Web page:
• March 22, 2010 at 9:30 am

    I crossed my prevoius message with some previous messages and I see some dates from the Smart reports that might be usable as benchmarks. We had tenants renting our cottage on Leavitt Bay during the period I remember as the highest I’ve ever seen and I know for sure it was in June. I had to refund their money because they lost the beach, the dock, and entire front yard. The state closed the lake to boating well into July that year because of debris and fears of erosion due to wakes.

  • March 22, 2010 at 9:39 am

    Just reviewed my deed again to our waterfront property on Broad Bay and it does refer “…. to an iron pin at the high water mark on the shore” as a boundary. The pin has been there for at least 26 years and does appear to be at about the 410 level. Just for info.

  • March 22, 2010 at 9:39 am

    My morning coffee is almost gone, and I’ll have to get back to work soon and sign off. One last thought.  It’s a shame that the state has taken a “prove me wrong” position on something as important as this. The high water events from the past are well documented phtographically , in the local newspapers, and even on TV reports. We reside in MA and watched the reports on the local stations. At the 411-412 foot marks the water was half way up some peoples picture windows on their first floor rooms, and people were sitting on their roofs being evacuated. This isn’t even funny.

  • March 22, 2010 at 9:56 am

    The year that Don refers to was in June 1998. I also remember floods from Mar. 1953 when parts of Rte. 16 were damaged and closed. While our cottage sits high on a bluff, the 410′ mark is fairly high up on onto our bluff and covers 100% of “our” beach. Whenever the water mark reaches the 410′ mark, we incur some erosion. If the water level were to be consistently maintained at the 410′ mark, I could envision our cottage eventually sliding down the blff & into the Lake. Think Chatham MA. & Peggoty Beach in Scituate MA.

  • March 22, 2010 at 10:07 am

    “Brooks and Pelletier said the state would consider changing the benchmark to a lower number if local officials can prove it is wrong.”


    “Brooks and Pelletier said the state would consider changing the benchmark to a lower number if people find out about it and put up a fuss.”

  • March 22, 2010 at 1:40 pm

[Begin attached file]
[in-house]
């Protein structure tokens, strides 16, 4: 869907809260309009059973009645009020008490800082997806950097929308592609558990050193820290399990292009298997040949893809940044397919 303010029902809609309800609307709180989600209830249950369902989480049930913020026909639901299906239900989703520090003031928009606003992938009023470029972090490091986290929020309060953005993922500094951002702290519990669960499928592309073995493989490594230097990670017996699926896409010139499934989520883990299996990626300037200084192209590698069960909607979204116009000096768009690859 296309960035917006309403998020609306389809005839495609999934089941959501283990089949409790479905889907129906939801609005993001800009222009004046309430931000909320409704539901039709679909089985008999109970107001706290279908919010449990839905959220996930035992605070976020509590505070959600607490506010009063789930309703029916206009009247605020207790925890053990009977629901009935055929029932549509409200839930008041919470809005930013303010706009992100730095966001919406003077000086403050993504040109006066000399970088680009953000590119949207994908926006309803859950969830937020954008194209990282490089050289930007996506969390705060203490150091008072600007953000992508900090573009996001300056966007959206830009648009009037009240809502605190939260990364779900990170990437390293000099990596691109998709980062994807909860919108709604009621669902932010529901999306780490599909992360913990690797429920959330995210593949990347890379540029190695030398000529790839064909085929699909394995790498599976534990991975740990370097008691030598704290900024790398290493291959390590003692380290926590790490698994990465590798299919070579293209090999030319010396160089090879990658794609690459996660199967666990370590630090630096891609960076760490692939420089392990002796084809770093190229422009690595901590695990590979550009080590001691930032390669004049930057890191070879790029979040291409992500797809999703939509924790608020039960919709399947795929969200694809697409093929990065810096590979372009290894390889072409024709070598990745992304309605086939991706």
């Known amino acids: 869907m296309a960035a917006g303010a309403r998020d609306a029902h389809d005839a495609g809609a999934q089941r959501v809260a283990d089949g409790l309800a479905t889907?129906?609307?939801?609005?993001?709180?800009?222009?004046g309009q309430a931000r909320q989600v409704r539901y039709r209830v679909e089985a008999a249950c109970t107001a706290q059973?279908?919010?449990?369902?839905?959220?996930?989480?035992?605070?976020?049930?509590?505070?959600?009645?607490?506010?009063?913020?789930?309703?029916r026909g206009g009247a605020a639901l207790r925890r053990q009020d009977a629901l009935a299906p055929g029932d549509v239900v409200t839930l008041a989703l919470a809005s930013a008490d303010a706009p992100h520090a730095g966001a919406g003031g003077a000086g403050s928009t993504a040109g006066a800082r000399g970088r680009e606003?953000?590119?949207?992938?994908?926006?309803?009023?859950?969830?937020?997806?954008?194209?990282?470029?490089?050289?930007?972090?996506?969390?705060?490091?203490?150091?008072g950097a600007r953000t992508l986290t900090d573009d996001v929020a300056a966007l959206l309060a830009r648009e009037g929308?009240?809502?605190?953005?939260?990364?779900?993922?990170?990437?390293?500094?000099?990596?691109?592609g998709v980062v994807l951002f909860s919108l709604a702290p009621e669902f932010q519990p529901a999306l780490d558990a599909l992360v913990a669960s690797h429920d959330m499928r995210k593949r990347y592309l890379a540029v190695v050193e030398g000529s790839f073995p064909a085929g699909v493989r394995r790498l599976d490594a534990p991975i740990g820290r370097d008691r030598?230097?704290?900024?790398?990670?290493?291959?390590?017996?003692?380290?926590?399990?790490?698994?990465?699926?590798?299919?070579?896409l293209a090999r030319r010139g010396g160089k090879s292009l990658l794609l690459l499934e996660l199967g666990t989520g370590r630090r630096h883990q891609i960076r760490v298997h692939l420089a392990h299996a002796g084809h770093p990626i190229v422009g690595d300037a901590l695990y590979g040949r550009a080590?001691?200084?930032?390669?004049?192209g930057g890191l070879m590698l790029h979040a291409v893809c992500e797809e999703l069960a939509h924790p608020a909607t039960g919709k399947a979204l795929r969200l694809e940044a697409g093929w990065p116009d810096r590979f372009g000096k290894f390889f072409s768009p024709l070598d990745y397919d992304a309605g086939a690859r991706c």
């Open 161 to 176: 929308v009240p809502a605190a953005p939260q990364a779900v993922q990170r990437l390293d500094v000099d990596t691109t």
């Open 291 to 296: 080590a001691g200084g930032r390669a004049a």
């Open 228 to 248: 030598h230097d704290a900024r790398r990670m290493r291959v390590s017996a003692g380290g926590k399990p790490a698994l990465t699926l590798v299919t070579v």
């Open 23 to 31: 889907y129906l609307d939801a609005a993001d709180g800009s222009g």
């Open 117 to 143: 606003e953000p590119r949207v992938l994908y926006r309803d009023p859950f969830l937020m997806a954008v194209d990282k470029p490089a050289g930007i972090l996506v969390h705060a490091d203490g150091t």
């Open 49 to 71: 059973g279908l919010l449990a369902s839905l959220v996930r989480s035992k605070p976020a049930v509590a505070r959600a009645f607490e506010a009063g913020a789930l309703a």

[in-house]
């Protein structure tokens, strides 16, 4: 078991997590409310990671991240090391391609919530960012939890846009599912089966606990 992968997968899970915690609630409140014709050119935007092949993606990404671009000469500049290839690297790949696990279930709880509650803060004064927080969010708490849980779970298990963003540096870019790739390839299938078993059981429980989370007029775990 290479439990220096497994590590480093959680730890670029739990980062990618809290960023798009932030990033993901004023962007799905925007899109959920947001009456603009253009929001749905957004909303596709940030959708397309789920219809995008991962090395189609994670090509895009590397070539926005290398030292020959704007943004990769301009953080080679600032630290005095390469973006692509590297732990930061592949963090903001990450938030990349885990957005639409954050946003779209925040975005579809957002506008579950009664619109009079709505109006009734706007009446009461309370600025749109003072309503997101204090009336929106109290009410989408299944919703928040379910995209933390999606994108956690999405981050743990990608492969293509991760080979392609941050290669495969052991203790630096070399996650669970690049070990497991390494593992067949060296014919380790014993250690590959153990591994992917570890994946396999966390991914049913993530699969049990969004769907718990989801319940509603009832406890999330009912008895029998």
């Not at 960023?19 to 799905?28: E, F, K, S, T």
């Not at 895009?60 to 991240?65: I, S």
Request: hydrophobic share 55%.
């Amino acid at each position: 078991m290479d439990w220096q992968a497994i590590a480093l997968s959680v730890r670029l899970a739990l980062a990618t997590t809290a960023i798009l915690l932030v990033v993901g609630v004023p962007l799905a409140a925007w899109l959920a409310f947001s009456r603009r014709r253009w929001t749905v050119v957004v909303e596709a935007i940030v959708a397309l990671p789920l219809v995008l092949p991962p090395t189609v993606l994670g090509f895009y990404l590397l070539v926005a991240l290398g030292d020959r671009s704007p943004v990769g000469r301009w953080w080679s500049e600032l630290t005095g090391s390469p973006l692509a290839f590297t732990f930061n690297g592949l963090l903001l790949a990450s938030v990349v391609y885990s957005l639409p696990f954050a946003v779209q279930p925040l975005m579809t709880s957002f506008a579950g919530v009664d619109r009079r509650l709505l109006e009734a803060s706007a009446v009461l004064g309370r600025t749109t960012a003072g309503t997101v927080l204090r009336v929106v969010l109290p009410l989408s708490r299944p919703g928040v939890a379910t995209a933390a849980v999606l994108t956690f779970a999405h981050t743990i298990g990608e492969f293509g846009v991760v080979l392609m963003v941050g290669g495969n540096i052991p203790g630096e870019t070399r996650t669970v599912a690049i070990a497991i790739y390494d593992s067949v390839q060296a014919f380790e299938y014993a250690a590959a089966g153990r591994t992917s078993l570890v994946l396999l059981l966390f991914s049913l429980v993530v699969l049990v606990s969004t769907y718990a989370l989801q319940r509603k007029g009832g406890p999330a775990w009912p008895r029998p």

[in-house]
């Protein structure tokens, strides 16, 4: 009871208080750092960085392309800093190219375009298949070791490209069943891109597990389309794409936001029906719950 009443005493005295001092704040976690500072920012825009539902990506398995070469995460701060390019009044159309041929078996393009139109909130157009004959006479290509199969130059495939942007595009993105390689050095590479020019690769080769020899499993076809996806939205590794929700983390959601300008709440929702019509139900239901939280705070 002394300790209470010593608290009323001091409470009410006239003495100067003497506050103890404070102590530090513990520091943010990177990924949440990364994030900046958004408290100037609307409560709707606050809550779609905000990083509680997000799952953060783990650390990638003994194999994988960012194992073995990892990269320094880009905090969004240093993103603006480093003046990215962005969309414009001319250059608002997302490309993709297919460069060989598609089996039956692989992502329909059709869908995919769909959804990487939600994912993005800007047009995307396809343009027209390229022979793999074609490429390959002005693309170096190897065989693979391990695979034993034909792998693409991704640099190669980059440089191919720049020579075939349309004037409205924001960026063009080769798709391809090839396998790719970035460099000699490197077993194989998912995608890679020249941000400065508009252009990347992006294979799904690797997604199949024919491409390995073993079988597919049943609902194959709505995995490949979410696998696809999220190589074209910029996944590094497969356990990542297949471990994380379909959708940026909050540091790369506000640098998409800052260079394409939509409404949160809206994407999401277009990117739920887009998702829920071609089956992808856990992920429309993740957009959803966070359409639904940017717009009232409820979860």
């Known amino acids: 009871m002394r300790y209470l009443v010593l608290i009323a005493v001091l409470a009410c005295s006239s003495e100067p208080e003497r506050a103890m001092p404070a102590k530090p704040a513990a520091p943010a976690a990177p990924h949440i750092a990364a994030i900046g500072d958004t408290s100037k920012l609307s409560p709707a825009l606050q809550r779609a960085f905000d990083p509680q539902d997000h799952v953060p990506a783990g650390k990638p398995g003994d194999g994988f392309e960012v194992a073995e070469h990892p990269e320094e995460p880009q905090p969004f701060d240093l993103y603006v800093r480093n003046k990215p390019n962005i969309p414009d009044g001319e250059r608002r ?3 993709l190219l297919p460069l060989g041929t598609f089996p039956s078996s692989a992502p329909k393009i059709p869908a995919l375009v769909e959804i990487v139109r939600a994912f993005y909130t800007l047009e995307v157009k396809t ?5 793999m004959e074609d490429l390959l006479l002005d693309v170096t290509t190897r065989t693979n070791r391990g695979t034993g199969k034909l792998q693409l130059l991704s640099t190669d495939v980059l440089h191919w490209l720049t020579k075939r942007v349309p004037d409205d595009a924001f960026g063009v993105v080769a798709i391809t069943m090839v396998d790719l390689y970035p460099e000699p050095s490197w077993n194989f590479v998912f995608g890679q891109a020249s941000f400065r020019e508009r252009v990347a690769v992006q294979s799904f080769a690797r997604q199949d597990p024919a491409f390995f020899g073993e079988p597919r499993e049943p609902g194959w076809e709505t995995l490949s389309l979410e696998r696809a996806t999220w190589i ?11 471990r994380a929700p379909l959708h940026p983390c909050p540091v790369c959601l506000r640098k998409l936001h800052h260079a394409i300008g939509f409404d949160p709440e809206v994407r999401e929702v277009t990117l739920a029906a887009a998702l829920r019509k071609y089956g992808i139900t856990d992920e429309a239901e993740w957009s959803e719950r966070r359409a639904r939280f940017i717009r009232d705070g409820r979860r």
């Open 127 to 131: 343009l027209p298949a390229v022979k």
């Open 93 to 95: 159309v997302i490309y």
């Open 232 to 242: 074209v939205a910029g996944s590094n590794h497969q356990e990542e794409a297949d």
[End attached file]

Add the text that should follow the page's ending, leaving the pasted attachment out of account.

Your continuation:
Changing it now does not change the fact that we have been paying taxes that should have been the responsibility of the state and on property values that are greatly inflated.

  • March 22, 2010 at 2:04 pm

    The property that the families camp sits on was purchased around 1938 from the town of Freedom, due to a tax lien. Every spring it does flood and I am pretty sure much of the lot is below the 410′ level. It will be interesting to see how the state handles the fact that Freedom sold land that it didn’t own. Along with all the property owners, the title insurance companies are going to be very interested to see how this turns out.

  • March 22, 2010 at 2:38 pm

    We were at 410 for a bit of july last year. Since we are currently at 408 and have over two inches of rain coming in the next two days I expect that we will get a very clear picture of 410 or 411 in the next few days.

  • March 22, 2010 at 6:35 pm

    The water level at the dam is the lowest point on the entire lake. Even at the summer level you will not get a clear estimate of the 410ft mark by holding a yardstick at the waters edge unless you are at the dam. Find someone with a portable gps and lay it on the beach on a clear day with as many satelites as possible receiving it and you will get a better idea. Right now Broad Bay is higher than Danforth pond due to the water being backed up and there is still a lot of ice slowing the flow.

  • March 22, 2010 at 9:07 pm

    You don’t have to conduct a survey to see who is affected because every lake front lot is affected. The question is to what degree they are affected. My guess is that it will be substantial at Long Sands and along the river between the Lake and Broad Bay yet hardly noticeable on the east side of Broad Bay.

  • March 25, 2010 at 10:25 am

    At 6:00 a.m. 3/25/2010 the lake level on the DES site is 409.96. Take a look around and see what you own and what the state owns. If it is under water then it is the states.